The D2Service project aimed at simplifying fuel cell systems for both residential and commercial applications with respect to easy, fast and save system service and maintenance. The primary objective was to significantly reduce costs and labour for maintenance work to promote the distribution of energy-efficient fuel cell-based micro-CHP, supplemental power and backup power technology throughout Europe.

Fuel cells are a very efficient technology for generating electricity from natural gas or hydrogen, featuring high efficiencies and low pollutant and noise emissions. When used in µCHP units in building energy systems, a part of the waste heat from the electricity generation can be recovered and used to supply heat to the building. Another application is back-up power in case of power outages, where fuel cell-based systems efficiently and reliably provide clean electricity. Fuel cell appliances can thus make a valuable contribution to a cleaner energy supply.

As high-tech devices, these types of systems currently still require specially trained technicians for maintenance work and often non-standard components. In case of system failure, a specialist might have to travel a long distance to check and possibly repair a unit, which in turn is not producing energy during this time, leading to unnecessary high operational costs.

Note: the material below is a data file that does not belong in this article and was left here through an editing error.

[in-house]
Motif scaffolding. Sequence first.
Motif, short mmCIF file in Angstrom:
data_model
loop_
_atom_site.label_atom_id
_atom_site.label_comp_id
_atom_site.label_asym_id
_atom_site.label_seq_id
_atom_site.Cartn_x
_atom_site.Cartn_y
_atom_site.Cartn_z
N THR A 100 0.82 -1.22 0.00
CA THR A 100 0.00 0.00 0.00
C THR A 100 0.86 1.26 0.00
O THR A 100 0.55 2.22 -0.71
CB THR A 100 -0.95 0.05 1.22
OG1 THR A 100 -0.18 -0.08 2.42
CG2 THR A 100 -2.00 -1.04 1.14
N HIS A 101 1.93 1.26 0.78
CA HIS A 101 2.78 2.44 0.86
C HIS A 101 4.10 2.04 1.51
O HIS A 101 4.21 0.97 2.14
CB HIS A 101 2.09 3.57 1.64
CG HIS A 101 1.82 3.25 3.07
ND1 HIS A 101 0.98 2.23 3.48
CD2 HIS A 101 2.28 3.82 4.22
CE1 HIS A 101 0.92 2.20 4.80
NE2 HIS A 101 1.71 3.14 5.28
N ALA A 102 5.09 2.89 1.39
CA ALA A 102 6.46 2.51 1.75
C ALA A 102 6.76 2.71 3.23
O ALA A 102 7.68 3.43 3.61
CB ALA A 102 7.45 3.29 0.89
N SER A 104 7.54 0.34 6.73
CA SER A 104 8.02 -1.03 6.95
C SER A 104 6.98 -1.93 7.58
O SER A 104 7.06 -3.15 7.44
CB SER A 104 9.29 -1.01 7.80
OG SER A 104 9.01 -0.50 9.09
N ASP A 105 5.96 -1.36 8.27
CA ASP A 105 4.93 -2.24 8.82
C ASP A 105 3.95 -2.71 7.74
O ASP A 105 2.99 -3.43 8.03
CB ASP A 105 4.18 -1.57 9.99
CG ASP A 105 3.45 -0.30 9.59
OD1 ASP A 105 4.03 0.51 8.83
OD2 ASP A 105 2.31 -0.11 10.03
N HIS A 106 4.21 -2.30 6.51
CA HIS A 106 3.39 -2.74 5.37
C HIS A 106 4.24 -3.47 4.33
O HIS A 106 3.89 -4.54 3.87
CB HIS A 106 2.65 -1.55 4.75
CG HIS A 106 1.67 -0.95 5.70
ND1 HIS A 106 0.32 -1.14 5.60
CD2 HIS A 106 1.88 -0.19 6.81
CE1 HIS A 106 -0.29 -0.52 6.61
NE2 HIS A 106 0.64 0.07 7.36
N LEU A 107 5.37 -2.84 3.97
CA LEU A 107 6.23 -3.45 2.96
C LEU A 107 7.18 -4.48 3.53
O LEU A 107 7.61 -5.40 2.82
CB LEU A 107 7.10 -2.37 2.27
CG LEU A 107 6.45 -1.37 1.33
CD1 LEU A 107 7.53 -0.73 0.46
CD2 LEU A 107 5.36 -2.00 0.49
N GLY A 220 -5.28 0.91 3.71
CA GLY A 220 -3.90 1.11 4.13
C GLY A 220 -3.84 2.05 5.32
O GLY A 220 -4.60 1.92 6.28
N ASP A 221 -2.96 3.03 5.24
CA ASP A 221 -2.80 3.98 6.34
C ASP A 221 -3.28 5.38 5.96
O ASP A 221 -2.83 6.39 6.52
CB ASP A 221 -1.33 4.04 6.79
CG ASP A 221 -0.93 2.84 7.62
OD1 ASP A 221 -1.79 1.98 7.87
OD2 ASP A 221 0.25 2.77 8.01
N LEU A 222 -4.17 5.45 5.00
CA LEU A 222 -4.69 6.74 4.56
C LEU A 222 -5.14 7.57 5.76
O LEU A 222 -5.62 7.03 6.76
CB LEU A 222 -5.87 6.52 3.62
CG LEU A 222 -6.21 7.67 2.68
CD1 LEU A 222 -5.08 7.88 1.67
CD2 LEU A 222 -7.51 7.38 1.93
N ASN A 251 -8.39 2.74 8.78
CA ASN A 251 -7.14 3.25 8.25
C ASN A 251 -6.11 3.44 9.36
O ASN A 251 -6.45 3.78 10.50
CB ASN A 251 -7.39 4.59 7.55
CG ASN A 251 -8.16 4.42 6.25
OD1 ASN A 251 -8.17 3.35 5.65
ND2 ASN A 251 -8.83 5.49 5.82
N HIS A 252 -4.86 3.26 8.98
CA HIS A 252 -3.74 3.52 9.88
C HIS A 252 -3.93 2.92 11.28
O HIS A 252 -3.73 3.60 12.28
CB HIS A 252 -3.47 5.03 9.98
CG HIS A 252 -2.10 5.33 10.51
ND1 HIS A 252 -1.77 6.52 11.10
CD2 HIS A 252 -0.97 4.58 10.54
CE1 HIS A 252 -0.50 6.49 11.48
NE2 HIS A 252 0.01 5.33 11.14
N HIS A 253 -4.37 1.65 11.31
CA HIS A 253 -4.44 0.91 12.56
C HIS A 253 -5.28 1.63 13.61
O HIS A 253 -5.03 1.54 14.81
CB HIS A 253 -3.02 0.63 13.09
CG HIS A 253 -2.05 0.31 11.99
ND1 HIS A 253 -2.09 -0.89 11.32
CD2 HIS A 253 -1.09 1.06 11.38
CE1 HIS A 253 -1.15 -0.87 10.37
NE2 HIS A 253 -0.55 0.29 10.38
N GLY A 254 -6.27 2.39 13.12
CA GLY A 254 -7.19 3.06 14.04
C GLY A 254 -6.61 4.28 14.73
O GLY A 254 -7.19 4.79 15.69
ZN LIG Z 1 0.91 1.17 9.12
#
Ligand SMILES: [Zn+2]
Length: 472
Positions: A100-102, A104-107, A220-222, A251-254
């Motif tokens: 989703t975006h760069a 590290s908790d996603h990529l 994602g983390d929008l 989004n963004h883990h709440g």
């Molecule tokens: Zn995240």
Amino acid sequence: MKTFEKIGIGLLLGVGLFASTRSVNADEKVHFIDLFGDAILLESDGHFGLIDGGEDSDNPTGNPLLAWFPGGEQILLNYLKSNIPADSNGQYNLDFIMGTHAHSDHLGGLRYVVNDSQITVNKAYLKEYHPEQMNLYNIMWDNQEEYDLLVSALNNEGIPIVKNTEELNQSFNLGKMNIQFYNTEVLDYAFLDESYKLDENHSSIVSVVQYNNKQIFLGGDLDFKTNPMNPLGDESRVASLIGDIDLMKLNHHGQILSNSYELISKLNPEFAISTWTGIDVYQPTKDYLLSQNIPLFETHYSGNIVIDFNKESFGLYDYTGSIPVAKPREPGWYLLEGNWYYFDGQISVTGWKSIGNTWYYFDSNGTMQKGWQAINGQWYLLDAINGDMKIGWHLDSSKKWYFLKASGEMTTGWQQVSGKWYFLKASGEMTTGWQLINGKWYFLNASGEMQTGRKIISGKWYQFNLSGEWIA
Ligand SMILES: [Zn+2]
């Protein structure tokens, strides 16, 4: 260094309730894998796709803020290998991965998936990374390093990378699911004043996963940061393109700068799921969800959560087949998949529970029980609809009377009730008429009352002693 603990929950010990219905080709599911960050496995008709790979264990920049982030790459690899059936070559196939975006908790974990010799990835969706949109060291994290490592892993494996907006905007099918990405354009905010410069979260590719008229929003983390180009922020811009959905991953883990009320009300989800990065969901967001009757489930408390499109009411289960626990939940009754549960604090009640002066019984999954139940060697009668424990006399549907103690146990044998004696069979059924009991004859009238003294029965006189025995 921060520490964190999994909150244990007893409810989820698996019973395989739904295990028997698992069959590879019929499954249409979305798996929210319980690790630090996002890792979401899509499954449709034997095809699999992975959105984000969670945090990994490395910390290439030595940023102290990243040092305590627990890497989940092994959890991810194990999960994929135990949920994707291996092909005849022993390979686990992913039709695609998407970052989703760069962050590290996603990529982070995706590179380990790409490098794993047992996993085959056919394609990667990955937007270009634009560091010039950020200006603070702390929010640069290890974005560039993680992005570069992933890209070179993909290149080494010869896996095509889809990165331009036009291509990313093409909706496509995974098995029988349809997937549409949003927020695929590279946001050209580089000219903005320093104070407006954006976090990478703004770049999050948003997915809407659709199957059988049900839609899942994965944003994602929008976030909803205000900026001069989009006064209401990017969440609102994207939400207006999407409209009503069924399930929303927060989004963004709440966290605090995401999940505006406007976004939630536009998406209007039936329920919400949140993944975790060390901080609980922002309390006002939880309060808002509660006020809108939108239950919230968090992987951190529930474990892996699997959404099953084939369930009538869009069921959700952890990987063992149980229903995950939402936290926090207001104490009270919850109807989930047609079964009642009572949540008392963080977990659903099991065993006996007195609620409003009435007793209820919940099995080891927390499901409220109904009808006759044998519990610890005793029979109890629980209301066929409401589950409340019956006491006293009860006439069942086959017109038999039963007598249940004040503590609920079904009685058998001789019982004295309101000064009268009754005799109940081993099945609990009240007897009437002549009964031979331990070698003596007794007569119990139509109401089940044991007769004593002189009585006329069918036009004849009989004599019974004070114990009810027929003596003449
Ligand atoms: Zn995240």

The project therefore focussed on the following aspects:

- System layout improvement for easier maintenance and components exchange, allowing for shorter service times.

- Individual component improvement and standardisation for easier replacement and increased durability, reducing service frequency.

- Remote monitoring improvement for earlier failure detection and avoidance of expensive service visits.

- Development of manual design guidelines to allow non-specialised technicians to perform routine service tasks.

A consortium of project partners from four European countries jointly worked on these aspects. Two different fuel-cell technologies – PEMFC and SOFC –were employed in different systems being improved in the project. In all addressed aspect concerning service, the project achieved significant improvements in term of reduction of service effort, service time, component and system durability, and service task complexity to enable non-specialised technicians to do elementary service work. The improvements have been tested and verified in a field trial on in total six systems.